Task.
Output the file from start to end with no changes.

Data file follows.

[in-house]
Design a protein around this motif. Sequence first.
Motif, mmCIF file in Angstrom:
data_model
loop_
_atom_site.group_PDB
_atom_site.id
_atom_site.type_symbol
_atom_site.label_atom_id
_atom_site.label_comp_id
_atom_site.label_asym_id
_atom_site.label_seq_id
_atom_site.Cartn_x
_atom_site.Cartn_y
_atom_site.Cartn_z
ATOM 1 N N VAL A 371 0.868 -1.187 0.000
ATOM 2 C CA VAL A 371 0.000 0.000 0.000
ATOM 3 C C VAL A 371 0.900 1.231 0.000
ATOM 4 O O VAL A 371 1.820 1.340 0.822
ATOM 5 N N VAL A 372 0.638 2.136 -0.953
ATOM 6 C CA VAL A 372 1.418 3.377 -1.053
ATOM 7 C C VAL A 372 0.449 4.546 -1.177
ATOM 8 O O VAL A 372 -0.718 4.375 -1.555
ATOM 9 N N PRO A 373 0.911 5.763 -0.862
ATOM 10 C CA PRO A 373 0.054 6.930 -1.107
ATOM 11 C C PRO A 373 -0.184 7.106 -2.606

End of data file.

[in-house]
Design a protein around this motif. Sequence first.
Motif, mmCIF file in Angstrom:
data_model
loop_
_atom_site.group_PDB
_atom_site.id
_atom_site.type_symbol
_atom_site.label_atom_id
_atom_site.label_comp_id
_atom_site.label_asym_id
_atom_site.label_seq_id
_atom_site.Cartn_x
_atom_site.Cartn_y
_atom_site.Cartn_z
ATOM 1 N N VAL A 371 0.868 -1.187 0.000
ATOM 2 C CA VAL A 371 0.000 0.000 0.000
ATOM 3 C C VAL A 371 0.900 1.231 0.000
ATOM 4 O O VAL A 371 1.820 1.340 0.822
ATOM 5 N N VAL A 372 0.638 2.136 -0.953
ATOM 6 C CA VAL A 372 1.418 3.377 -1.053
ATOM 7 C C VAL A 372 0.449 4.546 -1.177
ATOM 8 O O VAL A 372 -0.718 4.375 -1.555
ATOM 9 N N PRO A 373 0.911 5.763 -0.862
ATOM 10 C CA PRO A 373 0.054 6.930 -1.107
ATOM 11 C C PRO A 373 -0.184 7.106 -2.606